When I was very small, I used to watch her get ready for dates.
She would lean into the mirror and dab on lipstick. My favorite
was a berry burgundy. It made her look exotic, more like
the women on television, less like my mother.

I used to try on her brown boots while she
brushed and fluffed and sprayed and powdered.
They came clear up to my thighs and made a fun clunk-clunk
as I marched up and down our short hallway, my arms held
at my sides like a runner’s, my hands in determined fists.
When she had taken a last satisfied look in the mirror,
she would hold out her hand in request. My fun clunk-clunk
was done. I would shimmy out of the boots and watch her
pull them over her calves, become a tall willow of a woman.

A few minutes later, the doorbell, a kiss on my forehead,
a breeze of our front door opening and shutting, the smell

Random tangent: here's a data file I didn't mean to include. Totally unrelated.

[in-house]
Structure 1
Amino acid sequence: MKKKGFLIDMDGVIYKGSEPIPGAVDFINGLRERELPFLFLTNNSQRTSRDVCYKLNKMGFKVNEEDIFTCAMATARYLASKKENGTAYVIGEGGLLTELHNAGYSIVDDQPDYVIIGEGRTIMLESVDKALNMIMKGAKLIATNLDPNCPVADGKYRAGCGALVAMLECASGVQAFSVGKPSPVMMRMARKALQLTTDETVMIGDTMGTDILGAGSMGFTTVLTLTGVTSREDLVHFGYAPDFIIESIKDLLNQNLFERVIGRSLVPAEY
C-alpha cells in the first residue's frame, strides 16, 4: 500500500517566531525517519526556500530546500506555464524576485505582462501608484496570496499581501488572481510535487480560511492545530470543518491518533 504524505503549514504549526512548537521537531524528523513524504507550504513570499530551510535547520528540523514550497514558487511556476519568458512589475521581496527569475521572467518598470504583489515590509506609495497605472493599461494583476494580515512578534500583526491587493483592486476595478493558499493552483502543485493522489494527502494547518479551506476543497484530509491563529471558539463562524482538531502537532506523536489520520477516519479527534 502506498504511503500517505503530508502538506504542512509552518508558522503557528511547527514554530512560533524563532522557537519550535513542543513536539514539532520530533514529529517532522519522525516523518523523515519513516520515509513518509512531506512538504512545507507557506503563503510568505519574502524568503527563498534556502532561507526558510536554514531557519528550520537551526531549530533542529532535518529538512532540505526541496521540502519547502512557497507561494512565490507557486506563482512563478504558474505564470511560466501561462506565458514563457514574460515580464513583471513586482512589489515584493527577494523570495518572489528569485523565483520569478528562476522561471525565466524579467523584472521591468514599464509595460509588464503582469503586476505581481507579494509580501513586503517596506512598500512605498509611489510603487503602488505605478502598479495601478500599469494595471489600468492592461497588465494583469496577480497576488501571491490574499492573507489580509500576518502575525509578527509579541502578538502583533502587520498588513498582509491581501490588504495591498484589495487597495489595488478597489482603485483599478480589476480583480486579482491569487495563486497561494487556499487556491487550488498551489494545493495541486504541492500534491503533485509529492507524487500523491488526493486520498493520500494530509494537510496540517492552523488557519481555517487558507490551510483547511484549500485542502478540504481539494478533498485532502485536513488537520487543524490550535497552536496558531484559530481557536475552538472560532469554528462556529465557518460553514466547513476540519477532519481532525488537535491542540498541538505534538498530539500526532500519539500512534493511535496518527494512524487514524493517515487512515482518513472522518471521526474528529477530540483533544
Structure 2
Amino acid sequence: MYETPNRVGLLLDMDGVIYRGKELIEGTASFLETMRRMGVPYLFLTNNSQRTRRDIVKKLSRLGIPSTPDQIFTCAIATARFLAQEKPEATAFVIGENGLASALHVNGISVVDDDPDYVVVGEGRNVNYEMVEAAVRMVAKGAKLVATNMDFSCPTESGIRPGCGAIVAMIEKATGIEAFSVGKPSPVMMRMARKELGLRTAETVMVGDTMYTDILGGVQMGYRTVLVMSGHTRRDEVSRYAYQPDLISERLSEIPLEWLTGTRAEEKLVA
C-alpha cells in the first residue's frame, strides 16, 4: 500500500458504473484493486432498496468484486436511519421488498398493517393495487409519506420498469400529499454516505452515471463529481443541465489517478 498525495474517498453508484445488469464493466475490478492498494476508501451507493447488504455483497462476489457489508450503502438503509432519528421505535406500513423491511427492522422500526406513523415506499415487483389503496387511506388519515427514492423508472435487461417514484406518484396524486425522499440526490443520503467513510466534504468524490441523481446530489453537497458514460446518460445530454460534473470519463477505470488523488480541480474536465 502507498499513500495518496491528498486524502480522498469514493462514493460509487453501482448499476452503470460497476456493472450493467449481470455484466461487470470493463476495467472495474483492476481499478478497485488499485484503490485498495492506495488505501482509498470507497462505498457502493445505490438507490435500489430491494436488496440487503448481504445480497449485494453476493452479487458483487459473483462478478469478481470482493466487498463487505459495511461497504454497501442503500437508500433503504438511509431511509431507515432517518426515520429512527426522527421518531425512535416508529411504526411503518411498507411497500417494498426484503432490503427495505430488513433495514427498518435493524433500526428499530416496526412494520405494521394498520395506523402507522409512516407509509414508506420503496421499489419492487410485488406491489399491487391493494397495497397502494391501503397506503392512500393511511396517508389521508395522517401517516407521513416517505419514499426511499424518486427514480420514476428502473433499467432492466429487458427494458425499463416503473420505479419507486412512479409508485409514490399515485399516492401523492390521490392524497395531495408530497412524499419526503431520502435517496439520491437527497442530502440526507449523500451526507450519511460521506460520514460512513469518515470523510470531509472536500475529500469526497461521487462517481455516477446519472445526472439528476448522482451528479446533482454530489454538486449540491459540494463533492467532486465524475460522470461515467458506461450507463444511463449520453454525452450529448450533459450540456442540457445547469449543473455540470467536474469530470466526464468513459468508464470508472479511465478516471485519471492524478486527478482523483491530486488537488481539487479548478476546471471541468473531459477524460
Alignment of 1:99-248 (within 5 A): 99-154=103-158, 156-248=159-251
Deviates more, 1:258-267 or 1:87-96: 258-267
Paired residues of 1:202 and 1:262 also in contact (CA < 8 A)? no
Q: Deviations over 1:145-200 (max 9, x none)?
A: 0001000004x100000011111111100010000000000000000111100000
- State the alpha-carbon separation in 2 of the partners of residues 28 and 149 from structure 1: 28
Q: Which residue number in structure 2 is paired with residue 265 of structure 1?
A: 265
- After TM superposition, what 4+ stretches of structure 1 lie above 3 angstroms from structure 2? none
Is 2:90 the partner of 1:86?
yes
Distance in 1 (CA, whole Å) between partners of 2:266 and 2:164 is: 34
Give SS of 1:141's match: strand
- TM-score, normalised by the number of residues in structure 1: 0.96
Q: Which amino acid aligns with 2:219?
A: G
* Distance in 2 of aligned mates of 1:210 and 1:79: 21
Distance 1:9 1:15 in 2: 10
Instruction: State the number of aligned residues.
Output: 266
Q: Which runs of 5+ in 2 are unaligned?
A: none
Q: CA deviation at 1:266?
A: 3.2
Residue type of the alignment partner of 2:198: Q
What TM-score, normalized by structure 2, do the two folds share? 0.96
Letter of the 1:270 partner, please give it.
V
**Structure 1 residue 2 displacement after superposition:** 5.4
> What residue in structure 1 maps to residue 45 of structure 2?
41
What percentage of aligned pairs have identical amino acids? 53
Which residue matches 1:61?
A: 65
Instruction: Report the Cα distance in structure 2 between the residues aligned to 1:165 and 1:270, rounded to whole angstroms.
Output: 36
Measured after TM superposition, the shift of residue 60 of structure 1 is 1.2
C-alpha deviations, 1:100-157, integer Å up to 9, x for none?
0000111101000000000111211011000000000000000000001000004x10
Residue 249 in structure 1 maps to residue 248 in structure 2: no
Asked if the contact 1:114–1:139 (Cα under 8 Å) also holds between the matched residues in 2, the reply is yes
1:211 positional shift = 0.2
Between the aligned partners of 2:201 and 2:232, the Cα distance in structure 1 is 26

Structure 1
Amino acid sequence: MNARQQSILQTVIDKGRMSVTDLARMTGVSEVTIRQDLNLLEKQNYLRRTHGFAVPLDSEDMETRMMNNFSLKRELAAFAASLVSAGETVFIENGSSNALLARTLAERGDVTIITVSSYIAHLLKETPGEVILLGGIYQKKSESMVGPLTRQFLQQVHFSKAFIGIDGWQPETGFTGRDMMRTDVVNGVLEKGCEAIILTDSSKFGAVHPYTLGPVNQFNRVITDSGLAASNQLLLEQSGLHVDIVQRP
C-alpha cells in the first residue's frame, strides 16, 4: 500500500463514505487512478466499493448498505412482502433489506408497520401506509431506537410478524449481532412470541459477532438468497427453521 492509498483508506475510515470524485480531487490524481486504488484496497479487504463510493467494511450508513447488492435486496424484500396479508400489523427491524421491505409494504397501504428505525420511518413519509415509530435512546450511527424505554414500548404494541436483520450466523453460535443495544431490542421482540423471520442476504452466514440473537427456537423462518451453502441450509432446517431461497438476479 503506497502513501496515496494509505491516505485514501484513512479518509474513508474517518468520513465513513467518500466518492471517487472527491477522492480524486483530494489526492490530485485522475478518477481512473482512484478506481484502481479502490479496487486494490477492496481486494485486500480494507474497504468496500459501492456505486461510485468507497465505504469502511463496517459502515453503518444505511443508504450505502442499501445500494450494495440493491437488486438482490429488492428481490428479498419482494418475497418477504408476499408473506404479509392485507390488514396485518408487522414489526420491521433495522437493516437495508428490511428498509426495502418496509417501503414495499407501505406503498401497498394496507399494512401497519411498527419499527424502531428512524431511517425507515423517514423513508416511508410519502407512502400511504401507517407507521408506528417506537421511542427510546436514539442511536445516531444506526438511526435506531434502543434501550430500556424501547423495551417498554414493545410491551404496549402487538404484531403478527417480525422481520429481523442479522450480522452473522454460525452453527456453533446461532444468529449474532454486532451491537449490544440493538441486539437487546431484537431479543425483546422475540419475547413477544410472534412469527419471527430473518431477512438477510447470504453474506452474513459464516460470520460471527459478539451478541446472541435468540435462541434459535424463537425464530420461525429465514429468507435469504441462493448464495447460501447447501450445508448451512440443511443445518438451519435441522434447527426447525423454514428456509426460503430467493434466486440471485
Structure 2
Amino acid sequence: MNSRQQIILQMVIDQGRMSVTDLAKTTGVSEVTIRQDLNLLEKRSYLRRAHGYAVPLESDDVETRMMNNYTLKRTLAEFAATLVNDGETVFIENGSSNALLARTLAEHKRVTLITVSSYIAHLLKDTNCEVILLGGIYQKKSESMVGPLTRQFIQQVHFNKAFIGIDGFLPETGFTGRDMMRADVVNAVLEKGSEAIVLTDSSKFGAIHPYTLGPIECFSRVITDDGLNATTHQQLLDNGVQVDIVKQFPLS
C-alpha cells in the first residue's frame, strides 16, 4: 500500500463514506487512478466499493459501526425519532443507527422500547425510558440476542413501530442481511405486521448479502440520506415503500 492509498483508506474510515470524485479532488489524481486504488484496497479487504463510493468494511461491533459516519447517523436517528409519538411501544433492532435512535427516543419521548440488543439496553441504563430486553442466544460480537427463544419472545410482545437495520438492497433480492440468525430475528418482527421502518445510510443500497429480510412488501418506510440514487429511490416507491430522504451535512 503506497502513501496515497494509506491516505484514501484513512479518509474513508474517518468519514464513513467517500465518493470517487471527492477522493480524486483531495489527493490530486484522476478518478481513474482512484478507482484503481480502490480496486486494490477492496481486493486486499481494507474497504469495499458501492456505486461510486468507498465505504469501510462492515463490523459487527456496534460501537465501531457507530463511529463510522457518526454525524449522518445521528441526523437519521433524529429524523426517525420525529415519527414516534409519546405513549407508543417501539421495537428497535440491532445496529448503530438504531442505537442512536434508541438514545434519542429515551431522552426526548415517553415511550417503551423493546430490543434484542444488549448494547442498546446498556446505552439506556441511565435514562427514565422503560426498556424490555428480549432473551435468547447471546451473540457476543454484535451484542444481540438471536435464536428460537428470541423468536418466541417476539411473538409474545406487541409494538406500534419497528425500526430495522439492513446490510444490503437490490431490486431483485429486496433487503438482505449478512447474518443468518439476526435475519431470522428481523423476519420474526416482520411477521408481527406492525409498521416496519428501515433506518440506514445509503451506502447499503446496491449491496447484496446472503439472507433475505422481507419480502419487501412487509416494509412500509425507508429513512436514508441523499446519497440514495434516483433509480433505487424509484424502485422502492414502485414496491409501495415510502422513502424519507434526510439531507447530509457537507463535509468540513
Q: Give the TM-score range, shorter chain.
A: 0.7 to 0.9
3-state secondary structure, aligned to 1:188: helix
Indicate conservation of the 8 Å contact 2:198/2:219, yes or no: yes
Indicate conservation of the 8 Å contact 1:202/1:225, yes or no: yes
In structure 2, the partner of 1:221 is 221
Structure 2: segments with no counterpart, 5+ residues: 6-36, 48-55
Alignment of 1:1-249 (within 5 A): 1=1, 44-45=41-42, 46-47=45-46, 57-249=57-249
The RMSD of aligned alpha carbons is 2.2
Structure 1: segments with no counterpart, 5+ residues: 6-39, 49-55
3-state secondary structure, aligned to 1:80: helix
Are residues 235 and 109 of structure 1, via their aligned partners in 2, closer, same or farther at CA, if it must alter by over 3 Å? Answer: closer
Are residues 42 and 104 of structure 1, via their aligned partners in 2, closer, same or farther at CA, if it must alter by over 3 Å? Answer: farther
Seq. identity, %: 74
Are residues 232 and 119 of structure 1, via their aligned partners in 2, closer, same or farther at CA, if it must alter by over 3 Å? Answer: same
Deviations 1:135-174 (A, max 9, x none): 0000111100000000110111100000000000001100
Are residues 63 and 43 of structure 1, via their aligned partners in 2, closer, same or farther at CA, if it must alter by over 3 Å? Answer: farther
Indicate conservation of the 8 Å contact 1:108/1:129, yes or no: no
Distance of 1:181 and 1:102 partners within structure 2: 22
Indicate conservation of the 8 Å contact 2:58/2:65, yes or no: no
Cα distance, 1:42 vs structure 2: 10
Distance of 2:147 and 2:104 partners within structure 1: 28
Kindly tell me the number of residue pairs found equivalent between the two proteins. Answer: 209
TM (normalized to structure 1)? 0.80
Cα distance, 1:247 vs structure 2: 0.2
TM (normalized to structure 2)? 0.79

of her citrus perfume filling our toy-strewn living room.
I read books while I waited for her, wearing the shape of her
berry burgundy lips on my forehead like a badge of honor.

I awoke to her returning in the blackness, my head having
long ago surrendered to the heavy pull of sleep, a book still in
my hand. I could hear her boots in the hall, water running,
the sound of her boots once more. Then her undecorated lips
kissing my smudged forehead, back to being my mother again.


If you liked this, why not share it?
Remember, share is a verb too.